Campbellsville, KY—Sen. Rand Paul (R-Kentucky) is not at all persuaded that Syrian dictator Bashar al-Assad was responsible for deploying chemical weapons against his own people, the causus belli being used to prepare America for yet another Mideast war.
Outside an off-the-record meeting with religious leaders yesterday afternoon at Campbellsville University in Central Kentucky, Paul cited Pat Buchanan while expressing skepticism about the Obama Administration's chemical-weapons claims. Here is a transcript from our brief conversation:
Reason: On Syria, a lot of people who are supporting intervention are making not the Iraq analogy, but the Kosovo analogy, where you can do sort of limited bombing and create good outcomes from that. A) is that a decent analogy to what's happening now, and B) do you look at Kosovo as a success?
Rand Paul: Well you know, the precipitating events of people talking about intervening in Syria seem to be chemical weapons. I would think the first question you ought to ask is, who set them off?
Reason: You're not satisfied by the intelligence so far?
RP: Well, it seems like there's some evidence that there were chemical weapons, I think we're sort of all coming around to agreeing with that—but even [then] I'd like to see some evidence. But then secondly I'd like to see what is the evidence of who set these off, you know? […]
Pat Buchanan the other day asked in one of his essays, he said the Latin phrase cui bono, to whose benefit does this redound? I think it's a pretty important question. This is of absolutely no benefit to Assad. If you were Assad would you set off chemical weapons? No—the whole world now is interested in coming in and attacking him. It makes absolutely no sense from a logical point of view. There was no sort of major assault where he was getting ready to be wiped out. I don't know why he would use chemical weapons.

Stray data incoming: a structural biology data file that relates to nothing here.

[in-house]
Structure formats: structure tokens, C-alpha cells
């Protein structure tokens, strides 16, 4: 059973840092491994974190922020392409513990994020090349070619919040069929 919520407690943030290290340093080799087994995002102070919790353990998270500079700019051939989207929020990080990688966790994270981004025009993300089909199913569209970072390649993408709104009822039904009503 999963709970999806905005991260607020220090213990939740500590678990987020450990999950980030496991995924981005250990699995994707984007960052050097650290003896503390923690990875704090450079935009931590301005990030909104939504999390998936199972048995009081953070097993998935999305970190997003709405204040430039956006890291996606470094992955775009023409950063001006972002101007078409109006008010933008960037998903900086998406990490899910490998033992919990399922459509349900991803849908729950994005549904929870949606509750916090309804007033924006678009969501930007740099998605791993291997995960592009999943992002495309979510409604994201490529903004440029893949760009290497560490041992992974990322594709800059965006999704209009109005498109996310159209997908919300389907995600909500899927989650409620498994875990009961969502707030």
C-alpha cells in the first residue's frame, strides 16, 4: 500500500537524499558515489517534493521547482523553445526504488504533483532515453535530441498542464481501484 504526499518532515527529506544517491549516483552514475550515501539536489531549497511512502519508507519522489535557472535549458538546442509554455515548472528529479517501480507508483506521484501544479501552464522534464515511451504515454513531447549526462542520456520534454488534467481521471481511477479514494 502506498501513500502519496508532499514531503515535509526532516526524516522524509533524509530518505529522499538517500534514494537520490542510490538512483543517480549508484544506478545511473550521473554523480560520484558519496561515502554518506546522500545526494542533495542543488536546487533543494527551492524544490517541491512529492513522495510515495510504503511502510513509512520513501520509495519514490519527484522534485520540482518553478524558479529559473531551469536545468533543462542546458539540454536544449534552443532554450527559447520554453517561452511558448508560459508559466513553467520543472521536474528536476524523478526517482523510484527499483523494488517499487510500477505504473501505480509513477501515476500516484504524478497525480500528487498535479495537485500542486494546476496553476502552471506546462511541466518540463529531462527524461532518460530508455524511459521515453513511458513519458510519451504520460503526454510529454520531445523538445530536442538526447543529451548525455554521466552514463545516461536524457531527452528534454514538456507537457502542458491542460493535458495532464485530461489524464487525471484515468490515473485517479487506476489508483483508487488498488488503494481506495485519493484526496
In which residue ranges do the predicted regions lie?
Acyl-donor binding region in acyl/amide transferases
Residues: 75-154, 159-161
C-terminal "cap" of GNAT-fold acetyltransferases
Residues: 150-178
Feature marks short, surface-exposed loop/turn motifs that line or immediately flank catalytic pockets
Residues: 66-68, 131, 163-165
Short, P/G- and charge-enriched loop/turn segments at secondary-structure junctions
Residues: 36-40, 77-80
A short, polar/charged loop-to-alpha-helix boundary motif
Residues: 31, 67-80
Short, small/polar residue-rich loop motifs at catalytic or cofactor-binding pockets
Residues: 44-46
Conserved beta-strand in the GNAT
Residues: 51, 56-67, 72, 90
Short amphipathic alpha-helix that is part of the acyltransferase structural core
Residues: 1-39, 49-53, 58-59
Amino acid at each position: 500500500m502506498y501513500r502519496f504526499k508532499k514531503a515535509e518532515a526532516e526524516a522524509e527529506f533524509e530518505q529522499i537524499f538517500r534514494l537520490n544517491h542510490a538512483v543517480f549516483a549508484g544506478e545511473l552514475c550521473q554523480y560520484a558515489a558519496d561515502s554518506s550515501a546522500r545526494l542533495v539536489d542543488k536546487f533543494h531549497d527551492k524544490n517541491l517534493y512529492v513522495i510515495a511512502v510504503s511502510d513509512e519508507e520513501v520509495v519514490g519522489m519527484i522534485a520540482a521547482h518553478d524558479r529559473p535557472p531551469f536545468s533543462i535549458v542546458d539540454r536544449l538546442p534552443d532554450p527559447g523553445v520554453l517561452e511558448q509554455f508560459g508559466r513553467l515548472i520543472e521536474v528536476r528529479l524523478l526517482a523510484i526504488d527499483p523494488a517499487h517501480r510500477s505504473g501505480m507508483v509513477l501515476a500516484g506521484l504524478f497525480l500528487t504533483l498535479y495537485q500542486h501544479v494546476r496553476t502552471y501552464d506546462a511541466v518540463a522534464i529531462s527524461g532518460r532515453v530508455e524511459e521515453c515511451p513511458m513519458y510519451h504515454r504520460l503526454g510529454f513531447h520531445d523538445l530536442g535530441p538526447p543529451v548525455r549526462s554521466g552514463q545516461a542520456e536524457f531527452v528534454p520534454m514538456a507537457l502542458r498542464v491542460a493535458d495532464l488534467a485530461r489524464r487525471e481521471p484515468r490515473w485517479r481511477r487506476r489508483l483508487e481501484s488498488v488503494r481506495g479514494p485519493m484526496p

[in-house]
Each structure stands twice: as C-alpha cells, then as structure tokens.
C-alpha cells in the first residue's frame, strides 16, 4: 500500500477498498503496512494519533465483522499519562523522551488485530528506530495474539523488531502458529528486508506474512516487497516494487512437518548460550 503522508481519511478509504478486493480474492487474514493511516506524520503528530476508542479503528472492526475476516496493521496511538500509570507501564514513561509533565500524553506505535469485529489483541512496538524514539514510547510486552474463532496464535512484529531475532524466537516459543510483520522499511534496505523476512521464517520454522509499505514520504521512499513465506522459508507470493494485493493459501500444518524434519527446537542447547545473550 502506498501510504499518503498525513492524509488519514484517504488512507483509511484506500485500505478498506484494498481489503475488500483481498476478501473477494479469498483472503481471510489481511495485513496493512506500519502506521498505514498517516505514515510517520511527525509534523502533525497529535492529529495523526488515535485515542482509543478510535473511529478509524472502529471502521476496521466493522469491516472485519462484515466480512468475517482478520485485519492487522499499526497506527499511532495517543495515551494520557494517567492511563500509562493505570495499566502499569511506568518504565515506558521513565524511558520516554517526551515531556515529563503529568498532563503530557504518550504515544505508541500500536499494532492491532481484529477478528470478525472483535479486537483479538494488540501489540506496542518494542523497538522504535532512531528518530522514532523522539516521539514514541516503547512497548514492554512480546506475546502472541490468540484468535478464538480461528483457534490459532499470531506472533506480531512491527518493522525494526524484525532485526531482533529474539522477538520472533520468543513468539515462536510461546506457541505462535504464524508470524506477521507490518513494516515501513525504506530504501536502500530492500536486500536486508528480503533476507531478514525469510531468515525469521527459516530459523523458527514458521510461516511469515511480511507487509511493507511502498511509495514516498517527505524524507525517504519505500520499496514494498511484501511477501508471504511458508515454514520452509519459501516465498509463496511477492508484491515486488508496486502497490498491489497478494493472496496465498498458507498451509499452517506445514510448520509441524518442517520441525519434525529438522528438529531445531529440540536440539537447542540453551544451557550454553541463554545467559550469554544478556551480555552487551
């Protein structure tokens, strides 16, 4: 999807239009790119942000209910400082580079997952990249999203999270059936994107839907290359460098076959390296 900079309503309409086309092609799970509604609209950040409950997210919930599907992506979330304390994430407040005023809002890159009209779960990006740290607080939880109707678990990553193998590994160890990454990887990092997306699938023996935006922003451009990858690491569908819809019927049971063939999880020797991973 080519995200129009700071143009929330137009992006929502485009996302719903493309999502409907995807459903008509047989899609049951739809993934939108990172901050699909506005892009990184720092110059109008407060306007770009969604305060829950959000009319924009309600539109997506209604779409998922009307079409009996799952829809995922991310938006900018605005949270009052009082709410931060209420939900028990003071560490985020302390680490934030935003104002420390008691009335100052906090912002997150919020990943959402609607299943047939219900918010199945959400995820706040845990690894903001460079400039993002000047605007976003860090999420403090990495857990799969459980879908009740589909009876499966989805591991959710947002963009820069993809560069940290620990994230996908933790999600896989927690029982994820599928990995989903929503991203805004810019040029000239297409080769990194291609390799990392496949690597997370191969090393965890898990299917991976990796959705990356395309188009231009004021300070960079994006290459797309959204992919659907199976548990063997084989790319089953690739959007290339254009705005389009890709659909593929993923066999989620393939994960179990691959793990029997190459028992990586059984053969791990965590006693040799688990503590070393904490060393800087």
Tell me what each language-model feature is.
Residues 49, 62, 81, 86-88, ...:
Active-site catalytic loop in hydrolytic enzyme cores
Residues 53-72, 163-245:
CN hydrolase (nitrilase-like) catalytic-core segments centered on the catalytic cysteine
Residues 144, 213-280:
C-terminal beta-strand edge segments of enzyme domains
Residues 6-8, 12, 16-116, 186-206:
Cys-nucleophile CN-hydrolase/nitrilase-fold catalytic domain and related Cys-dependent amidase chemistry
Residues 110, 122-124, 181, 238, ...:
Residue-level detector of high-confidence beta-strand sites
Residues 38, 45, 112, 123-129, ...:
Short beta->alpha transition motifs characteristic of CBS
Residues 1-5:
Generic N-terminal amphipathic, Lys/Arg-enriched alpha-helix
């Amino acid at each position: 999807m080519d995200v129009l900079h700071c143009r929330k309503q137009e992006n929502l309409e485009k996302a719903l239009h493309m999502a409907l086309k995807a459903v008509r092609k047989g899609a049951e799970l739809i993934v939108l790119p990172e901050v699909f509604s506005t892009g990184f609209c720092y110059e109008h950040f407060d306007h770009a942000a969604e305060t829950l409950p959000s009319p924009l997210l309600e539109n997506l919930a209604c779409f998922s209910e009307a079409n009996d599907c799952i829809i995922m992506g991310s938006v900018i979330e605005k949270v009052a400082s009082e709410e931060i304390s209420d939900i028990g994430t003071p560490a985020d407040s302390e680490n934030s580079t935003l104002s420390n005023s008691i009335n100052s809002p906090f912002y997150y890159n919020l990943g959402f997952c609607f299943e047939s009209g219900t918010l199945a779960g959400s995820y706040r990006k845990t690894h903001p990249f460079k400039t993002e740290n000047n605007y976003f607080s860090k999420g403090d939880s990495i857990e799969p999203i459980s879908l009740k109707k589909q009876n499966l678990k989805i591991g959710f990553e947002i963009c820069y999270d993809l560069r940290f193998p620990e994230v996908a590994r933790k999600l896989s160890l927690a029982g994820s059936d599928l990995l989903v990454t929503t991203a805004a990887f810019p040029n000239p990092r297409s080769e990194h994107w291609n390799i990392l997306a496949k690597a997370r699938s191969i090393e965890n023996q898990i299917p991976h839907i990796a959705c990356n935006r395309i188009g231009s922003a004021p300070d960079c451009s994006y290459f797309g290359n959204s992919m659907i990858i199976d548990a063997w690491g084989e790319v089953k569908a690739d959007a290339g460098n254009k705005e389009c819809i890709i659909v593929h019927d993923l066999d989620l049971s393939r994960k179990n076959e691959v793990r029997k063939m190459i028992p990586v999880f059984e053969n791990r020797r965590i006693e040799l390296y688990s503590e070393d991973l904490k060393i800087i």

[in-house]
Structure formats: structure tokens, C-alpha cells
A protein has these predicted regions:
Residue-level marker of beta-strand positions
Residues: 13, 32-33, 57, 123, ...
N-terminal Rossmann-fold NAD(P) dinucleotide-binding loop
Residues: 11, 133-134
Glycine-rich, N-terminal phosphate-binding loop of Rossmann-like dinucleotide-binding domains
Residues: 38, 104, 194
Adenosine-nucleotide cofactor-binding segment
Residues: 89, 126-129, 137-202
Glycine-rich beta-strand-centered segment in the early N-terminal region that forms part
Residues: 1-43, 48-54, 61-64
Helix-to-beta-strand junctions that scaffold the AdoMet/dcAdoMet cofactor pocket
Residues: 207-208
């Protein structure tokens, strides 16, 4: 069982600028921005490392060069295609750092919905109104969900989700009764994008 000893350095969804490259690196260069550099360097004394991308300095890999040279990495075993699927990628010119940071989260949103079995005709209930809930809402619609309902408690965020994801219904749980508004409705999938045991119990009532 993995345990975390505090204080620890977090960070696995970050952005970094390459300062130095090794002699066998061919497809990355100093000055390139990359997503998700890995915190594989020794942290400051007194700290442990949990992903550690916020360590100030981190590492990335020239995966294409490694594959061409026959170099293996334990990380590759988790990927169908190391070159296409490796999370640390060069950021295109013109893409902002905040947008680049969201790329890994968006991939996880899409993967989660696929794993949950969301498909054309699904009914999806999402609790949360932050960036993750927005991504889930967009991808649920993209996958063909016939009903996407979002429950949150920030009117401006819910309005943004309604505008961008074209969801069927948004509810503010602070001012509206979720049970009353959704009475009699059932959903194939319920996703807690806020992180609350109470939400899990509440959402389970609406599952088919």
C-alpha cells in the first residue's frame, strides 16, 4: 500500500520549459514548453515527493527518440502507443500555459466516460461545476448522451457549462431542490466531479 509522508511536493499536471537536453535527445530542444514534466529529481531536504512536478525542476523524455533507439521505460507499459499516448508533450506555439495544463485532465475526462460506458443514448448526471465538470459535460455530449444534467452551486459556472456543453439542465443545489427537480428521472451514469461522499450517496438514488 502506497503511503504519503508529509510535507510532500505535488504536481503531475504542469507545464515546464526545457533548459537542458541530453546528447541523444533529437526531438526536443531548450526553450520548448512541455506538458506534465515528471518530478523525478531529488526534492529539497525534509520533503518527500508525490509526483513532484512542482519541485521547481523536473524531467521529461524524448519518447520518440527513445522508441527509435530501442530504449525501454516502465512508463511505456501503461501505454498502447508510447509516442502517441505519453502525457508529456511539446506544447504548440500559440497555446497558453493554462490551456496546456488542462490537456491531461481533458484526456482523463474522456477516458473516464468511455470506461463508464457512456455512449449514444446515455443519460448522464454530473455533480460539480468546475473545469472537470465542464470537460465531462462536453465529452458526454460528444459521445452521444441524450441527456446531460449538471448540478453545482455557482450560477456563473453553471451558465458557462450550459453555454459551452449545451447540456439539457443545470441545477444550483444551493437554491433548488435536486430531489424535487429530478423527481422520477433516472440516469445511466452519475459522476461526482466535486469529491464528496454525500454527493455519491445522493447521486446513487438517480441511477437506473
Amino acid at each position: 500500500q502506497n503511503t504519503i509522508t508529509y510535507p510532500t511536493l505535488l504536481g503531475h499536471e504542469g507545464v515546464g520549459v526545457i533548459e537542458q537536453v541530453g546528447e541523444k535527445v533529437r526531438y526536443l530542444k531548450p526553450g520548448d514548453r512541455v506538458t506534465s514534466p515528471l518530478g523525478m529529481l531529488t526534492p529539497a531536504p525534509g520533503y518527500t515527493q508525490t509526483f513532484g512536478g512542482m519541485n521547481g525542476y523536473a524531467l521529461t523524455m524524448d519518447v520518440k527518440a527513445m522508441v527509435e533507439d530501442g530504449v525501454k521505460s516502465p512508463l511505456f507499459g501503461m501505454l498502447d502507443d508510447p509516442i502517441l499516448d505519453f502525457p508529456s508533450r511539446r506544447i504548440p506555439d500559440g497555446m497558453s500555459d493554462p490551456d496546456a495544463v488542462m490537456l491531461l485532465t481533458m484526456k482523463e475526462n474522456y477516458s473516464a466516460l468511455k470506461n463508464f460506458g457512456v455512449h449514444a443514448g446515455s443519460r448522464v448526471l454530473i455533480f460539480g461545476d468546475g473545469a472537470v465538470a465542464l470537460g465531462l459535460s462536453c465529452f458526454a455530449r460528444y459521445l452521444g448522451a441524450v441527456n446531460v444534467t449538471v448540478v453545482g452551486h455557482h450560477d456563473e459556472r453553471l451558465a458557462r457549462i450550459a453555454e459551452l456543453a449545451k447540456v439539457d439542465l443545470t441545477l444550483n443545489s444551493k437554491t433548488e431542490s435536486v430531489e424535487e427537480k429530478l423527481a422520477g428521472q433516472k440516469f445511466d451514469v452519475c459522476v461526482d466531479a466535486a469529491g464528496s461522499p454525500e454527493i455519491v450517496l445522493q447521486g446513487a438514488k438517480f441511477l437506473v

So that's the first question you have to ask. Then there's the question of how do we go to war? Do you go to war simply through the unilateral, arbitrary authority of one person, the president? Or do you go to war the way our Founding Fathers intended, and that's through an open debate, and through a congressional vote? I think the Constitution's clear: You do it through a congressional vote.
If you decide you want to discuss the issue of Syria, there are two ironies you have to overcome if you want to be involved in that war. The first irony is, you're going to be supporting Islamic rebels against Christians. Two million Christians live in Syria, probably more than any other country [in the region], maybe other than Egypt, and they're allied with Assad. The second irony you have to overcome is we will be on the same side as Al Qaeda. I thought we were fighting Al Qaeda.
So, I think those ironies to me are pretty significant hurdles to wanting to get involved in the Syrian war.